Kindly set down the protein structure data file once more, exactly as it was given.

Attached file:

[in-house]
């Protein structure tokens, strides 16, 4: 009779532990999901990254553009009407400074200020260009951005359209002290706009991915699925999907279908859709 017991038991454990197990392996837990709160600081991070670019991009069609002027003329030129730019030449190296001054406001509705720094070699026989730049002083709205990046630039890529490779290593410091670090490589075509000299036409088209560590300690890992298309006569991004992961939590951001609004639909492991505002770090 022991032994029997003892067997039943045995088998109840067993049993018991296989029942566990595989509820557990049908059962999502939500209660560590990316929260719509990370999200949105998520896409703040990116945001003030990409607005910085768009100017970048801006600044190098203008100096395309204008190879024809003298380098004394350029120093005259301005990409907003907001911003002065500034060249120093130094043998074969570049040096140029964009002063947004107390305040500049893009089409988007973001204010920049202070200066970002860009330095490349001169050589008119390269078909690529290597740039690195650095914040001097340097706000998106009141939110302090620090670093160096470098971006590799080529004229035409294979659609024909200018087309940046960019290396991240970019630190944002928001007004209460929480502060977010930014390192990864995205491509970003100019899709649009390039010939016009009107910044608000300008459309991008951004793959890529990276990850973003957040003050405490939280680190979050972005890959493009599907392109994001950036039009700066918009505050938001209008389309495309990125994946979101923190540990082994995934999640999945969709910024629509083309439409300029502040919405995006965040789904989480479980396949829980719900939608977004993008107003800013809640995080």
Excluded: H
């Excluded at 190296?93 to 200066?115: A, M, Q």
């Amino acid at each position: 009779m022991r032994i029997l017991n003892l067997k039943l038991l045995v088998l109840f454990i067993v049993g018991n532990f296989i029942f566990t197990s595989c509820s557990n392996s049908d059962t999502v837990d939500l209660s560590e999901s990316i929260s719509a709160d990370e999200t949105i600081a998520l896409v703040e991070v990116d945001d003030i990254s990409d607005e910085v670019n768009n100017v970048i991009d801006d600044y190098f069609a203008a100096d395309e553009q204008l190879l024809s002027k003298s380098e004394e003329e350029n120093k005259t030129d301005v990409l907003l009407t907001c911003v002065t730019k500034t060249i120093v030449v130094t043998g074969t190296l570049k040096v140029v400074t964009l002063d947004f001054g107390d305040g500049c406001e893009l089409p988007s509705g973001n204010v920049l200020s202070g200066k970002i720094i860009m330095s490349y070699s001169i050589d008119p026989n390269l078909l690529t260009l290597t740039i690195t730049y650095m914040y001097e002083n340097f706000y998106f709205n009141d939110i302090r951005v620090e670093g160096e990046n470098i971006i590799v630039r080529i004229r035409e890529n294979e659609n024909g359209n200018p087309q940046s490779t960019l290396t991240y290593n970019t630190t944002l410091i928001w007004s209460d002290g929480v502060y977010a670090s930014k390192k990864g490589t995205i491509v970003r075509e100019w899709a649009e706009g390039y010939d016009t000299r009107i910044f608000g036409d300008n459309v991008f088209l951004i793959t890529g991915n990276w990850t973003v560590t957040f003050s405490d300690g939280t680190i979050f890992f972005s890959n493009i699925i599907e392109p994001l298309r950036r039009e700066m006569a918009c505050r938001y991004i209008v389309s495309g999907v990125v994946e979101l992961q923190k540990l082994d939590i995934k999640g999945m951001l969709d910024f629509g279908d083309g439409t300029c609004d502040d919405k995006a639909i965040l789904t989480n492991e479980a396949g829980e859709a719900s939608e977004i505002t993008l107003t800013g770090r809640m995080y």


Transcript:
[in-house]
């Protein structure tokens, strides 16, 4: 009779532990999901990254553009009407400074200020260009951005359209002290706009991915699925999907279908859709 017991038991454990197990392996837990709160600081991070670019991009069609002027003329030129730019030449190296001054406001509705720094070699026989730049002083709205990046630039890529490779290593410091670090490589075509000299036409088209560590300690890992298309006569991004992961939590951001609004639909492991505002770090 022991032994029997003892067997039943045995088998109840067993049993018991296989029942566990595989509820557990049908059962999502939500209660560590990316929260719509990370999200949105998520896409703040990116945001003030990409607005910085768009100017970048801006600044190098203008100096395309204008190879024809003298380098004394350029120093005259301005990409907003907001911003002065500034060249120093130094043998074969570049040096140029964009002063947004107390305040500049893009089409988007973001204010920049202070200066970002860009330095490349001169050589008119390269078909690529290597740039690195650095914040001097340097706000998106009141939110302090620090670093160096470098971006590799080529004229035409294979659609024909200018087309940046960019290396991240970019630190944002928001007004209460929480502060977010930014390192990864995205491509970003100019899709649009390039010939016009009107910044608000300008459309991008951004793959890529990276990850973003957040003050405490939280680190979050972005890959493009599907392109994001950036039009700066918009505050938001209008389309495309990125994946979101923190540990082994995934999640999945969709910024629509083309439409300029502040919405995006965040789904989480479980396949829980719900939608977004993008107003800013809640995080």
Excluded: H
């Excluded at 190296?93 to 200066?115: A, M, Q």
């Amino acid at each position: 009779m022991r032994i029997l017991n003892l067997k039943l038991l045995v088998l109840f454990i067993v049993g018991n532990f296989i029942f566990t197990s595989c509820s557990n392996s049908d059962t999502v837990d939500l209660s560590e999901s990316i929260s719509a709160d990370e999200t949105i600081a998520l896409v703040e991070v990116d945001d003030i990254s990409d607005e910085v670019n768009n100017v970048i991009d801006d600044y190098f069609a203008a100096d395309e553009q204008l190879l024809s002027k003298s380098e004394e003329e350029n120093k005259t030129d301005v990409l907003l009407t907001c911003v002065t730019k500034t060249i120093v030449v130094t043998g074969t190296l570049k040096v140029v400074t964009l002063d947004f001054g107390d305040g500049c406001e893009l089409p988007s509705g973001n204010v920049l200020s202070g200066k970002i720094i860009m330095s490349y070699s001169i050589d008119p026989n390269l078909l690529t260009l290597t740039i690195t730049y650095m914040y001097e002083n340097f706000y998106f709205n009141d939110i302090r951005v620090e670093g160096e990046n470098i971006i590799v630039r080529i004229r035409e890529n294979e659609n024909g359209n200018p087309q940046s490779t960019l290396t991240y290593n970019t630190t944002l410091i928001w007004s209460d002290g929480v502060y977010a670090s930014k390192k990864g490589t995205i491509v970003r075509e100019w899709a649009e706009g390039y010939d016009t000299r009107i910044f608000g036409d300008n459309v991008f088209l951004i793959t890529g991915n990276w990850t973003v560590t957040f003050s405490d300690g939280t680190i979050f890992f972005s890959n493009i699925i599907e392109p994001l298309r950036r039009e700066m006569a918009c505050r938001y991004i209008v389309s495309g999907v990125v994946e979101l992961q923190k540990l082994d939590i995934k999640g999945m951001l969709d910024f629509g279908d083309g439409t300029c609004d502040d919405k995006a639909i965040l789904t989480n492991e479980a396949g829980e859709a719900s939608e977004i505002t993008l107003t800013g770090r809640m995080y």